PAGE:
Current treatments for medulloblastoma include a combination of surgery, radiotherapy and chemotherapy which are not specific in how they target the tumour, and often lead to significant side effects, such as mental and physical disabilities.
Treatment is further complicated by the fact that medulloblastoma is not a single disease but classified into subgroups with different prognosis and survival. Little is known about the most aggressive and most common form of the disease, and better knowledge on how to identify and treat those patients could improve prognosis.
Lead researcher Professor Silvia Marino from QMUL’s Blizard Institute said: “We’ve identified a new weakness in a subgroup of aggressive medulloblastomas, which potentially means that they could be susceptible to drugs which we did not know could be used to treat this type of cancer.
“Those drugs are already being tested in clinical trials for other tumours, so if we’re able to confirm their efficacy in medulloblastoma patients, they could be brought in as treatments quicker than if we would have to develop a new drug.”
Helping to identify which patients could benefit from targeted treatment
The research, which was funded by the Medical Research Council and Brain Tumour Research and published in Cell Reports, used mouse models and human cells derived from medulloblastoma tissue samples to look at the levels of two proteins, known as BMI1 and CHD7, in these tumours.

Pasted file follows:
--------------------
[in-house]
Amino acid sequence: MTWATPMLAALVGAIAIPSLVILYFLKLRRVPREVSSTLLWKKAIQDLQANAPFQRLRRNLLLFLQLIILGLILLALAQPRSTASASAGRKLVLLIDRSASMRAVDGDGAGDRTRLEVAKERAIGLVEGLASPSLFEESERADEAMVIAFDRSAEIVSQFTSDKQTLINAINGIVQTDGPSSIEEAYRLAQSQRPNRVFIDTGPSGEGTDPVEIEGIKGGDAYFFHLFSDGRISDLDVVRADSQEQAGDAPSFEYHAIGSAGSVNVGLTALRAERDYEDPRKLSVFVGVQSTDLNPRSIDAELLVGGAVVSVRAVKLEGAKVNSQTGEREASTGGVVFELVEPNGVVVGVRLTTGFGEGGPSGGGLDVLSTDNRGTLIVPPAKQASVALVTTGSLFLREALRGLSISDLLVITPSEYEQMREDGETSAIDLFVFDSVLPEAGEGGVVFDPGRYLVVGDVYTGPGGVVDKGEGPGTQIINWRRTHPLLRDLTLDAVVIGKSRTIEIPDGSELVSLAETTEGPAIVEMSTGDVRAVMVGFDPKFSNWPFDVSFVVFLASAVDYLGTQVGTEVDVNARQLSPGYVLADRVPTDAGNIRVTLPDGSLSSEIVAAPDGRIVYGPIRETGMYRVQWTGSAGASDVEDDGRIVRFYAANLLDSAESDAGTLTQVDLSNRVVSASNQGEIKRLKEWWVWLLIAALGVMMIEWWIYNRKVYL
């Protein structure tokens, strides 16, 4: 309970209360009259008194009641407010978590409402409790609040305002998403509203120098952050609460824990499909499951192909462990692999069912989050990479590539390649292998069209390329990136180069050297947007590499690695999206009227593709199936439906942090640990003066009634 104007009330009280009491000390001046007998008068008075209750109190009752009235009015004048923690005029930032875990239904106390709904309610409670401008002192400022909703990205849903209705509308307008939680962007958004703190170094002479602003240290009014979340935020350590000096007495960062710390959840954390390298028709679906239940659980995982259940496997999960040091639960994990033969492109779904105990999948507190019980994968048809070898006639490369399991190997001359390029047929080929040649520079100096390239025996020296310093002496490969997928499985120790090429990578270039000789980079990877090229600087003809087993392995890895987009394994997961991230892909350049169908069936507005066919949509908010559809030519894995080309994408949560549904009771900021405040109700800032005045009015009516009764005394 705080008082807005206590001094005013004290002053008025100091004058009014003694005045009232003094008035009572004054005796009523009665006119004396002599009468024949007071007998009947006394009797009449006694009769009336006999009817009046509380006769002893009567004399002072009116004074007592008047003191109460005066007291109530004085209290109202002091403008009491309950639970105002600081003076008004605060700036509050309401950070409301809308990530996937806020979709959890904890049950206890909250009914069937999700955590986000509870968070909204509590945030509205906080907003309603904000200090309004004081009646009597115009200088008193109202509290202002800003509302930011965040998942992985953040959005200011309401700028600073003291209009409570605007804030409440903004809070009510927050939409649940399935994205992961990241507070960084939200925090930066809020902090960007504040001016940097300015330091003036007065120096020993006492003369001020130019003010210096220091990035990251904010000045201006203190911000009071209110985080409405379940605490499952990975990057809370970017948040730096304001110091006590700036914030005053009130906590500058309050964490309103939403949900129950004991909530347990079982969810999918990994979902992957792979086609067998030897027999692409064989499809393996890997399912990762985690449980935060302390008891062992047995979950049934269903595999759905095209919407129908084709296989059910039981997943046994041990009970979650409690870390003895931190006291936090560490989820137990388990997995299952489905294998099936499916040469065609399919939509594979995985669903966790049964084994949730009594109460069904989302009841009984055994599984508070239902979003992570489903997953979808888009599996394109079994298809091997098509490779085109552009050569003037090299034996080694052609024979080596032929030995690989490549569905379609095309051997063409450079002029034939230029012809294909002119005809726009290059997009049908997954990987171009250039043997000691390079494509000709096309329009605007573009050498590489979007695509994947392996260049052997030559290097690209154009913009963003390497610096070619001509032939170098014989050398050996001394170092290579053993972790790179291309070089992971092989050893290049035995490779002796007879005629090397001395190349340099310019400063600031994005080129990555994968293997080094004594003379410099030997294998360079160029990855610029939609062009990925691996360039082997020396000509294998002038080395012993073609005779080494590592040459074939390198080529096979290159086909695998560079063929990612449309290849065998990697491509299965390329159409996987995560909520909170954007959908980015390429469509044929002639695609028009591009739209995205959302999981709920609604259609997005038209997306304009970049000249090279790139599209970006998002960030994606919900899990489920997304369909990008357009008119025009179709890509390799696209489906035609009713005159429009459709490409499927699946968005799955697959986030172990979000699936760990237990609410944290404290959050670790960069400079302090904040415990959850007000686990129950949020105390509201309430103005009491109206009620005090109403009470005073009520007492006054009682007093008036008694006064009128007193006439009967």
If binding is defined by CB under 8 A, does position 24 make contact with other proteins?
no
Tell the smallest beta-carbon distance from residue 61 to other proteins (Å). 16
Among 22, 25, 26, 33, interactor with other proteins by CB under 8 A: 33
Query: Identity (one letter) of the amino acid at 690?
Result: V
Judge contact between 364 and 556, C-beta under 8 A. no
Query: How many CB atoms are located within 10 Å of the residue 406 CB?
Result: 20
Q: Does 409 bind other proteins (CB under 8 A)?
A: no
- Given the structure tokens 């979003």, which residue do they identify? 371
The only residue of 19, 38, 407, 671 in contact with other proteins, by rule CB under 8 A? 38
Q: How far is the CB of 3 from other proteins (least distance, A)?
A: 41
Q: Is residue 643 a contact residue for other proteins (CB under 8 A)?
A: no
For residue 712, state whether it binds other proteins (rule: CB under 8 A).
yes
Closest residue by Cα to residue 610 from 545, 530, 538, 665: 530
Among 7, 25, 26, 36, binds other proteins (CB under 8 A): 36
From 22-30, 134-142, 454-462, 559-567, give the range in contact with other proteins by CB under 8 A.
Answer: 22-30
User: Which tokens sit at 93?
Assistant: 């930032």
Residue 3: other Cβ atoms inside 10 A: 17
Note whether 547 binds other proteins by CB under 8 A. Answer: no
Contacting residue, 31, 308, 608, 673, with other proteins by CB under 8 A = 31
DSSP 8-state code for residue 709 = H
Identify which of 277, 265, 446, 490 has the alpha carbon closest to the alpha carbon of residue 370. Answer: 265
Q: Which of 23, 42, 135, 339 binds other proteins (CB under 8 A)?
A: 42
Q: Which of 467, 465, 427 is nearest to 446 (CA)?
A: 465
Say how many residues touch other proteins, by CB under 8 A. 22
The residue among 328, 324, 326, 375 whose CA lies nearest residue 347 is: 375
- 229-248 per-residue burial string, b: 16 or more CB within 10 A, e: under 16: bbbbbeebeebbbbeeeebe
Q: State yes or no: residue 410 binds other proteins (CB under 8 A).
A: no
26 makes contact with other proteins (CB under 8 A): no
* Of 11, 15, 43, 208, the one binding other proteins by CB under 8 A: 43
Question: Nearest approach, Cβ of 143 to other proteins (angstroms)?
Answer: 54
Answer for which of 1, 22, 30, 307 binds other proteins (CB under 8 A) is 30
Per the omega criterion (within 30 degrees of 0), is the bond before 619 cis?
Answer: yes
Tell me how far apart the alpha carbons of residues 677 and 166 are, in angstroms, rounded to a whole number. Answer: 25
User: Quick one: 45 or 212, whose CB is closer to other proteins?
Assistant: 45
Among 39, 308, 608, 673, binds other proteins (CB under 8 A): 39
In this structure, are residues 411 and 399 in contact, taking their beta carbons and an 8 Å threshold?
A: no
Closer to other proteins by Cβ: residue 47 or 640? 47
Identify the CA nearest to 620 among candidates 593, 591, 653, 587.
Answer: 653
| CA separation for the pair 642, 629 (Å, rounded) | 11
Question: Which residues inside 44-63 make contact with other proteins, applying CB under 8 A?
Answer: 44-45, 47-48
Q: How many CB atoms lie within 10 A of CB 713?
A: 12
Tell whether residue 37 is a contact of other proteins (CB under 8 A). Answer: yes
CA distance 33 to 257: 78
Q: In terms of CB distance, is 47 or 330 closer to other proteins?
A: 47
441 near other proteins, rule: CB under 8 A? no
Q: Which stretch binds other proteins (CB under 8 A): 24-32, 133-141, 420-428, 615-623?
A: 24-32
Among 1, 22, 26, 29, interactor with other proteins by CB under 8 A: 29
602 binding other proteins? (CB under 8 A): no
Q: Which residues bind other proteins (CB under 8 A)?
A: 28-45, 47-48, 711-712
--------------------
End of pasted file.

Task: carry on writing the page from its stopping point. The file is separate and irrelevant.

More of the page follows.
The team found that high levels of BMI1 in combination with low levels of CHD7 were associated with a poor prognosis in aggressive human medulloblastoma and that this was due to overactivation of a pathway which controls tumour growth and division.
The results mean that these two protein levels could be used as biomarkers for identifying which patients may benefit from drugs that inhibit this pathway.
The findings could also be used to develop new therapies for patients with this subgroup of medulloblastoma. BMI1 is a highly druggable molecule, so drugs could be identified that are able to inhibit BMI1, and prevent the high BMI1 levels seen in the aggressive form of the tumour.
The researchers caution that further research and clinical trials in humans will be needed before confirming these drugs’ potential.
Dr Kieran Breen, Director of Research, Brain Tumour Research, said: “Brain tumours are the largest cause of cancer deaths for those under the age of 40, yet there are still very few effective treatments available and not everybody will respond to these. We need more effective and targeted drugs. The results from this study will allow for the identification of tumour subtypes which we can target with individual agents and ultimately increase the survival rate for people with this type of tumour.”
Source: Queen Mary University of London